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Some animals are altruistic. Some plants are altruistic too.

Researchers from the University of Colorado-Boulder have found evidence that suggests some plants are altruistic or unselfish or selfless too.

UC-Boulder researchers examined corn, in which each fertilized seed contained an embryo and a matching piece of tissue known as endosperm that nourishes the embryo as the seed grows. They compared the growth and behavior of the embryos and endosperm in seeds with the same mother and father with the growth and behavior of embryos and endosperm that had genetically different parents..

The researchers say:

“The results indicated embryos with the same mother and father as the endosperm in their seed weighed significantly more than embryos with the same mother but a different father..”

“We found that endosperm that does not share the same father as the embryo does not hand over as much food — it appears to be acting less cooperatively.”

“Altruism only evolves if the benefactor is a close relative of the beneficiary. When the endosperm gives all of its food to the embryo and then dies, it doesn’t get more altruistic than that.”

I haven’t seen altruism in plants yet. But I have seen altruism in animals. They are amazing.

Some scientists believe humans have in-built altruism. But most humans behave altruistically towards close kin than to distant kin and non-kin. I wish humans could be more altruistic towards non-kin, animals and plants. The idea of the ‘survival of the fittest’ has been replaced by the idea of the ‘survival of the nicest.’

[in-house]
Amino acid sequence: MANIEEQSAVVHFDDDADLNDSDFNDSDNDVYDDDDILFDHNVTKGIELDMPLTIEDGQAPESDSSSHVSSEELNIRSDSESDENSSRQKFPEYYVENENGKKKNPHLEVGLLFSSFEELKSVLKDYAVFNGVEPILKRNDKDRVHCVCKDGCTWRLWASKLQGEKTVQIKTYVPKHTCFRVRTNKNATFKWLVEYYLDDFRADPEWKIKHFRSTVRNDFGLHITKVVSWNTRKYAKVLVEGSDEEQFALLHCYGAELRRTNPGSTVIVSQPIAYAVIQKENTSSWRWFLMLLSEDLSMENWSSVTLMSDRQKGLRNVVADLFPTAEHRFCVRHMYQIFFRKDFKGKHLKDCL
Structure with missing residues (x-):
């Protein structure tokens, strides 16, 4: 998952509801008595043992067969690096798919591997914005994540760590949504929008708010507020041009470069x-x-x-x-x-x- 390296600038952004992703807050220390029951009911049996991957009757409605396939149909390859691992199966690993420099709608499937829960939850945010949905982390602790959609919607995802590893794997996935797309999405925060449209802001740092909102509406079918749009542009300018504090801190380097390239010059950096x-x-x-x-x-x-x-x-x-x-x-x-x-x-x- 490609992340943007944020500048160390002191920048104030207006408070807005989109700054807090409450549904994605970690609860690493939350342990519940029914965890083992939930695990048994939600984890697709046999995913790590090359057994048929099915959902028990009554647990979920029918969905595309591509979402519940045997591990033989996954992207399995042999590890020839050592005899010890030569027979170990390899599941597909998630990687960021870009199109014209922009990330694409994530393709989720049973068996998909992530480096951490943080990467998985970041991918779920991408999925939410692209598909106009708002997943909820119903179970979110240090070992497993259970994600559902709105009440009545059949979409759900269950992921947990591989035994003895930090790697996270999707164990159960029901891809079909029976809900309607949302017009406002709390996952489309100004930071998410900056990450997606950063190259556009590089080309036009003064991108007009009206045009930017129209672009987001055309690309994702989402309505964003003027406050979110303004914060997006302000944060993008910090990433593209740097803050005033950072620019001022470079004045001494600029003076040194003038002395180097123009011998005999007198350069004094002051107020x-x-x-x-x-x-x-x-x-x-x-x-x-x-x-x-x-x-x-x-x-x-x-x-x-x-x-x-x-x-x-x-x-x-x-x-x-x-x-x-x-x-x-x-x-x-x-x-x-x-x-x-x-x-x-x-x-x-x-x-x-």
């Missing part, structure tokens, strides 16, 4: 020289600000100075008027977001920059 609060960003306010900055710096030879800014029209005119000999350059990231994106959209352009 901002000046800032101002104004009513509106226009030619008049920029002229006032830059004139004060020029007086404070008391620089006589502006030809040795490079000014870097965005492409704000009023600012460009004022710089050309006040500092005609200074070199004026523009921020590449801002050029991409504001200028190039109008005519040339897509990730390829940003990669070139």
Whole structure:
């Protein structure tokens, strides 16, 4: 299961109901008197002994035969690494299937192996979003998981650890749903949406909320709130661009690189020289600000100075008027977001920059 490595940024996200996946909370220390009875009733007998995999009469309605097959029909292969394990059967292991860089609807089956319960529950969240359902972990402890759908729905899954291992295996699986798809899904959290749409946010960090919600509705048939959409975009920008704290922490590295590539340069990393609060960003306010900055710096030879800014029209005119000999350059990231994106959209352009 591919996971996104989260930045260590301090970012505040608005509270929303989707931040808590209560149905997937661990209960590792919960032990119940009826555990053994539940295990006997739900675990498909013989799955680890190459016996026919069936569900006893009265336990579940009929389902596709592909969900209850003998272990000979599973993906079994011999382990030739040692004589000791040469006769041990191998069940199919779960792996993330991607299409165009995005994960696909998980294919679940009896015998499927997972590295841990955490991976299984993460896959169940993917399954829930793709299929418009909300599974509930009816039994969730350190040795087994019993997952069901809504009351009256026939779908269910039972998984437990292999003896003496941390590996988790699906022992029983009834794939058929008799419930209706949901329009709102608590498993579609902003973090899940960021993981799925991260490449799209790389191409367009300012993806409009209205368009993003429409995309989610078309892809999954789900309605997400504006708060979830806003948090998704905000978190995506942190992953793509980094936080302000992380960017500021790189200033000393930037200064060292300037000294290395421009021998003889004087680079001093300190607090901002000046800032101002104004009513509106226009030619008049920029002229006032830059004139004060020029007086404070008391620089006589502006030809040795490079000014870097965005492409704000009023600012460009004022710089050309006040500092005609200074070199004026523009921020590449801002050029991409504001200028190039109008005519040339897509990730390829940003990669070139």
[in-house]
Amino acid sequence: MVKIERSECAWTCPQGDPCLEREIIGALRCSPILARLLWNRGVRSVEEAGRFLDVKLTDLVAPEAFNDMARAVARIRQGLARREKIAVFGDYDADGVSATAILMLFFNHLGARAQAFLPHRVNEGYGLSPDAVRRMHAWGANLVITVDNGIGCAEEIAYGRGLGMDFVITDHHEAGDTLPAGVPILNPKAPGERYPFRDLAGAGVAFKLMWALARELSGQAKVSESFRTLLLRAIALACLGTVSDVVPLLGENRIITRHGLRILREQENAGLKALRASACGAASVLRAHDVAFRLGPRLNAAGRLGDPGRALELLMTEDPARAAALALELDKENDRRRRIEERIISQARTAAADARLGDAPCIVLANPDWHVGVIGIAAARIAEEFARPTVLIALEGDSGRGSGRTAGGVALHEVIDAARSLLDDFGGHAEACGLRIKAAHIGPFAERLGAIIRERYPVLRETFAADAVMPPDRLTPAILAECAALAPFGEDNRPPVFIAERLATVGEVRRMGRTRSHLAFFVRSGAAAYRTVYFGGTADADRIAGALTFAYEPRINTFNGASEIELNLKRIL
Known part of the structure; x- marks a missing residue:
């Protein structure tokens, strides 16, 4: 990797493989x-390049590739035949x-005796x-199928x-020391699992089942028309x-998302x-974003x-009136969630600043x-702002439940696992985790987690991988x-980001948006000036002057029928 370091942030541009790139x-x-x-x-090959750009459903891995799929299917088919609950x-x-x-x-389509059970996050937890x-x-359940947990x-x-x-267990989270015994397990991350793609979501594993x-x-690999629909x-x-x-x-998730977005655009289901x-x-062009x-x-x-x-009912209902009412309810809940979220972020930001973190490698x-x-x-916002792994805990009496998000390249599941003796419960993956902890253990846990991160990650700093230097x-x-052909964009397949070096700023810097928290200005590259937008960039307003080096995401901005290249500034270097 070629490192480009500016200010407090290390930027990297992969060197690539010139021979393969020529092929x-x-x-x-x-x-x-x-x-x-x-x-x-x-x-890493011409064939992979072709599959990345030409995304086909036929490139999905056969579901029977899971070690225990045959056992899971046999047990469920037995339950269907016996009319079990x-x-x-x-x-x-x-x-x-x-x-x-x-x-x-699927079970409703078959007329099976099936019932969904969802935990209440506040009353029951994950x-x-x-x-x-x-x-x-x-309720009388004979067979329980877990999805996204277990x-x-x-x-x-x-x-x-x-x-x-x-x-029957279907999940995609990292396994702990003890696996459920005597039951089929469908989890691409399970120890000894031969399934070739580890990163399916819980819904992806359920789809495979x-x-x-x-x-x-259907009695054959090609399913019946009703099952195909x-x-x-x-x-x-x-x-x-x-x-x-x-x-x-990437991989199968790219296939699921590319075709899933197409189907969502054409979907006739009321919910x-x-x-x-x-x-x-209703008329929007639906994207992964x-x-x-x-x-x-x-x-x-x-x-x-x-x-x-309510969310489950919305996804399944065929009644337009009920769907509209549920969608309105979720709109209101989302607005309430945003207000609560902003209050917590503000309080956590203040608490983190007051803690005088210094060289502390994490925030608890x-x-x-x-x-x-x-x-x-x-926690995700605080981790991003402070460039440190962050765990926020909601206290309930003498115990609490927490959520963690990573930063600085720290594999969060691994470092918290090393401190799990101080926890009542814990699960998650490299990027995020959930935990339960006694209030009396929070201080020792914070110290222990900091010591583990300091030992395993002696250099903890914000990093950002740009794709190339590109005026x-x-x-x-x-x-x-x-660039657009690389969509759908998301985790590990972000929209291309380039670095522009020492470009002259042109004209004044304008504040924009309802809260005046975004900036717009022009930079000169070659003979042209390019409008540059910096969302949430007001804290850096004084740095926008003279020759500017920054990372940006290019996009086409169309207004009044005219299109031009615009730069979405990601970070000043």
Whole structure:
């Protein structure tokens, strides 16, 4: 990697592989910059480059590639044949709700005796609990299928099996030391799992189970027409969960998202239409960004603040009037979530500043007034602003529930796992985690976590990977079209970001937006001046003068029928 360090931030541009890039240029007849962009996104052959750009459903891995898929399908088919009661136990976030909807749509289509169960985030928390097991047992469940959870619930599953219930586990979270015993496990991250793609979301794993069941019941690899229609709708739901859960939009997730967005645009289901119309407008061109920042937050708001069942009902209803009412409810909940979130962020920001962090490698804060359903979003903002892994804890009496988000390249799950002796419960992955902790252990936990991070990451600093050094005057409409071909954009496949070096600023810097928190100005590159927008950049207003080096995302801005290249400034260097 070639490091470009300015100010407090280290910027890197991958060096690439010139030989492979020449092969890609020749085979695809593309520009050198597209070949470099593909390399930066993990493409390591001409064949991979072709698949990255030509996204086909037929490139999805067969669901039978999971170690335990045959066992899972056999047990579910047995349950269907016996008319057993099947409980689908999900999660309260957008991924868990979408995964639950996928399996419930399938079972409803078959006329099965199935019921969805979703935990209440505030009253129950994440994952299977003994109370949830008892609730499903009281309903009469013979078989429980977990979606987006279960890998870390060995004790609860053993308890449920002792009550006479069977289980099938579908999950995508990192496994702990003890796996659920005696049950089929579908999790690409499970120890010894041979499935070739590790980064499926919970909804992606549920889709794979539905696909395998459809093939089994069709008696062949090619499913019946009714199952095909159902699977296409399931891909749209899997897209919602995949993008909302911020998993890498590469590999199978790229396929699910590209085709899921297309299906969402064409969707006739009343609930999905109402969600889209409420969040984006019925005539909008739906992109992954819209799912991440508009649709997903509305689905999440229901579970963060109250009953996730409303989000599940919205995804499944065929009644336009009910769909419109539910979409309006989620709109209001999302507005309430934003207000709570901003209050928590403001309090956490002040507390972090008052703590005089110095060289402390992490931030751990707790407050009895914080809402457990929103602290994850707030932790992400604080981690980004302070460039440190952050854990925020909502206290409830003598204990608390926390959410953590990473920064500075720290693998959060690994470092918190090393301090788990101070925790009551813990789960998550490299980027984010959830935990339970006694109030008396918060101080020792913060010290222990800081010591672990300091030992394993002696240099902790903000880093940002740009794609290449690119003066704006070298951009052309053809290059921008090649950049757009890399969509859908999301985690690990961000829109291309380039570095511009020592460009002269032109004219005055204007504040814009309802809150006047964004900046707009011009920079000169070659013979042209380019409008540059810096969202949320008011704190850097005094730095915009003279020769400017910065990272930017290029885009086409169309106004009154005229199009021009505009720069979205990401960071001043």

Comments

  1. lostintime says

    I agree, animals appear to be capable of altruism. Mammals often adopt orphaned animals from different species, and protect them against predators if they are sick or injured. Dolphins push struggling animals to the surface so they can breathe, and I remember reading about an orang-utan that saved a duckling from drowning in a zoo a few years ago. Dogs have also been documented doing some extraordinary things to protect humans and non-humans, as shown in the video.

    It goes without saying that I wish humans could be more altruistic towards non-kin and other species, and ‘survival of the fittest’ has become the stupidest adage to justify selfish behaviour.

  2. mildlymagnificent says

    ‘Survival of the fittest’ has been adopted and used, and twisted, by those who prefer to see this as a warlike or aggressive feature.

    In fact, ‘survival of the fittest’ is much more applicable to other characteristics. Within a social species with helpless infants, the “fittest” are likely to be those with the strongest instincts and habits of nurturing and protecting. Those who take special care of infant or other vulnerable members of their group and who are also promptly roused to vigorous defence or the classic hissing, spitting mother cat behaviour when responding to threats to those in their care are the ones best equipped to survive.

    The fact that both the nurturing and the protecting behaviours can spill over into unexpected or inappropriate territories shouldn’t be too surprising.

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